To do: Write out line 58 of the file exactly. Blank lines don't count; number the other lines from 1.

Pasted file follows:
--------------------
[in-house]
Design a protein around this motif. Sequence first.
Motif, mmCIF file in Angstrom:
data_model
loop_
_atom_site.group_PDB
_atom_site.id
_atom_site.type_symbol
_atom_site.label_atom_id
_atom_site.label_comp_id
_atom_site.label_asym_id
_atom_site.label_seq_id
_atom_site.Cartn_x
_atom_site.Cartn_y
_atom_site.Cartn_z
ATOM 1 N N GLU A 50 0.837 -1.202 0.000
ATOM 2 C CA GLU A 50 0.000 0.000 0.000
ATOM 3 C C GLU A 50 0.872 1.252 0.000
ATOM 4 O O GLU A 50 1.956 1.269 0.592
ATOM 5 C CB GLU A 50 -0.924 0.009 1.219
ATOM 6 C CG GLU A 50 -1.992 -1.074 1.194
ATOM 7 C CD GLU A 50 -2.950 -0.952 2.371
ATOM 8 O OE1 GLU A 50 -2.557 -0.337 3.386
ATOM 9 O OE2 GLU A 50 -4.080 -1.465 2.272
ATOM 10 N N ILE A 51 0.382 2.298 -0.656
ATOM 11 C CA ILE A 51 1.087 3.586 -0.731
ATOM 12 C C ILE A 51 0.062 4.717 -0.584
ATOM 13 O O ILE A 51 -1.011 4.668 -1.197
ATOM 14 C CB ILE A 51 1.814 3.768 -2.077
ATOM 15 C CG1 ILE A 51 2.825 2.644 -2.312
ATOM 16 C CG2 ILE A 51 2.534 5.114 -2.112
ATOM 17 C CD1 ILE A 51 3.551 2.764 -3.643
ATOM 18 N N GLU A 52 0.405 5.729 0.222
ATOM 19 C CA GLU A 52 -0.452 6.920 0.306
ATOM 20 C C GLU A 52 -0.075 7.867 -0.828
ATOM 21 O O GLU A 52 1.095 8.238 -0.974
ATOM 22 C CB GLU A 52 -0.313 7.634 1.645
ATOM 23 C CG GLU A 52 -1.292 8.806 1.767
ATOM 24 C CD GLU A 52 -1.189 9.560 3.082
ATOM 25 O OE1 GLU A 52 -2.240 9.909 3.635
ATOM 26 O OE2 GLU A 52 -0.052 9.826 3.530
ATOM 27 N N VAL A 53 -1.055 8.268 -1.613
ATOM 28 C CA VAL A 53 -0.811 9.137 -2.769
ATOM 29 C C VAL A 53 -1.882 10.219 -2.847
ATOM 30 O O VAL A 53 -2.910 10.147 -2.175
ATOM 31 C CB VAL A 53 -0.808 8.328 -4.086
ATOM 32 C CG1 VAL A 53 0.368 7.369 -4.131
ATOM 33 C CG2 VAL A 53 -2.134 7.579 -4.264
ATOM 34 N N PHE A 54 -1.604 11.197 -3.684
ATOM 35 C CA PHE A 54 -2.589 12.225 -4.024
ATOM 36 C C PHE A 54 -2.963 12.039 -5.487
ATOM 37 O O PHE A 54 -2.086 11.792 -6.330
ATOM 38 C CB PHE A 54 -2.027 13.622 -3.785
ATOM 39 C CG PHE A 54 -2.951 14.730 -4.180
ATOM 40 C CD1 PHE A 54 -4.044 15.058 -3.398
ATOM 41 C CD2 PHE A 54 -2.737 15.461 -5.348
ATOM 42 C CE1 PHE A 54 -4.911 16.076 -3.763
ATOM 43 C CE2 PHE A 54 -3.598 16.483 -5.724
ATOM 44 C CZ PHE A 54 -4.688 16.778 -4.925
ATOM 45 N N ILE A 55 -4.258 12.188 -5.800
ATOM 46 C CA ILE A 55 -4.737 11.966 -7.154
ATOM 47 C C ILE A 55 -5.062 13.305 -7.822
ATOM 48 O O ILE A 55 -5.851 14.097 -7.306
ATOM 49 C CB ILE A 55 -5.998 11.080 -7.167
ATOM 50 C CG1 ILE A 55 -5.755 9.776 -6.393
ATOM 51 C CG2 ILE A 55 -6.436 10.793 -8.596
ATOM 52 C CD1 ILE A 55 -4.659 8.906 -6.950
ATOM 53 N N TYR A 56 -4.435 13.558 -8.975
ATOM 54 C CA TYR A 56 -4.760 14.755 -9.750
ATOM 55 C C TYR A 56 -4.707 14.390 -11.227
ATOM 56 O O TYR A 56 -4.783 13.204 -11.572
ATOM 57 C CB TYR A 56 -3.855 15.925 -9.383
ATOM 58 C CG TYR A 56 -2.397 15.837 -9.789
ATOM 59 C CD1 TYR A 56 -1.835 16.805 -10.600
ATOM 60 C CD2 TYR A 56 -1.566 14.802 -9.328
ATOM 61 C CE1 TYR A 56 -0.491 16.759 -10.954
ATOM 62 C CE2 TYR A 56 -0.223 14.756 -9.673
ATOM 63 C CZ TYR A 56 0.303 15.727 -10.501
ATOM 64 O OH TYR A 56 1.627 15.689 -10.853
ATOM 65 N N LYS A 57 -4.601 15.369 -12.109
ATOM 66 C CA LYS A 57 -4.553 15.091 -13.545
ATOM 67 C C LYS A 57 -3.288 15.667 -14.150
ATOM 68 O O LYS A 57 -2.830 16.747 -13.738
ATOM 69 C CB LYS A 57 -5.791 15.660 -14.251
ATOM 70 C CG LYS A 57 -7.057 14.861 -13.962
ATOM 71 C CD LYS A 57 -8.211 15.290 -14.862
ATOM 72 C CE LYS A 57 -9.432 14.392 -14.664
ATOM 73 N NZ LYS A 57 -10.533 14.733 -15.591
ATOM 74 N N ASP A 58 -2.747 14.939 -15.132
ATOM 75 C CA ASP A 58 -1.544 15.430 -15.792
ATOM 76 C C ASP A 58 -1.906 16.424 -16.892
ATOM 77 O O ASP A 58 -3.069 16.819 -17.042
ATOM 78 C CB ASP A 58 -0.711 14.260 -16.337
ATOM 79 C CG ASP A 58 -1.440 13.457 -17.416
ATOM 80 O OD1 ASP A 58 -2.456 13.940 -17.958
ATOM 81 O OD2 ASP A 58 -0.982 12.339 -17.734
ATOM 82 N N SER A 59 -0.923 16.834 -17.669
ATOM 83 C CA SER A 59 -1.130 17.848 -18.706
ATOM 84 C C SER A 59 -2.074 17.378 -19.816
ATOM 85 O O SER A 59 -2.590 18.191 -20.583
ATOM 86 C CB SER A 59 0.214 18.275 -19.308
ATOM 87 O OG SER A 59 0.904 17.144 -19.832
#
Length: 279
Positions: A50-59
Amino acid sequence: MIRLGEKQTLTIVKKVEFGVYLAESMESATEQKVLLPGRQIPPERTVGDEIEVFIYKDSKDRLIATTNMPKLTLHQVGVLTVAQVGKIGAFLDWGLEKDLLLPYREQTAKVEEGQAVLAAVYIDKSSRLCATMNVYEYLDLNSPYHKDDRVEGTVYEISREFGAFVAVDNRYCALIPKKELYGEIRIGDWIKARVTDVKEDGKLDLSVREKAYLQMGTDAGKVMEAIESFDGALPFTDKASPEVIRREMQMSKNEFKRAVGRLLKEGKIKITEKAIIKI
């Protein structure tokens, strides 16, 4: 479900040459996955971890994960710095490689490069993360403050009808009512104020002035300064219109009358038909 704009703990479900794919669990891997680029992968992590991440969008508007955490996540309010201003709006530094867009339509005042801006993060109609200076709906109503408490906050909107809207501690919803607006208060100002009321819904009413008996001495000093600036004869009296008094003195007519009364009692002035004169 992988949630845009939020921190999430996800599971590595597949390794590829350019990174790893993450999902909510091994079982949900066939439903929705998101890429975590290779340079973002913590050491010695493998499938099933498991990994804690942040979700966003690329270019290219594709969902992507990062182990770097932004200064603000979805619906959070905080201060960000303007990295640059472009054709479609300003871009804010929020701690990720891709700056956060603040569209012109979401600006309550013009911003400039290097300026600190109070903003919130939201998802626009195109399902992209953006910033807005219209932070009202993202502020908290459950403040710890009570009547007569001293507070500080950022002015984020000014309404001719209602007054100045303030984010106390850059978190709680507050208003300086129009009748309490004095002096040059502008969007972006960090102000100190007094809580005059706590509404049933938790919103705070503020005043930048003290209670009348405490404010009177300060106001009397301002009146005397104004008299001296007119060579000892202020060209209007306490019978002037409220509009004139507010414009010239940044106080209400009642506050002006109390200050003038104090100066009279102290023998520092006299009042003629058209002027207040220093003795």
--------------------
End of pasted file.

ATOM 43 C CE2 PHE A 54 -3.598 16.483 -5.724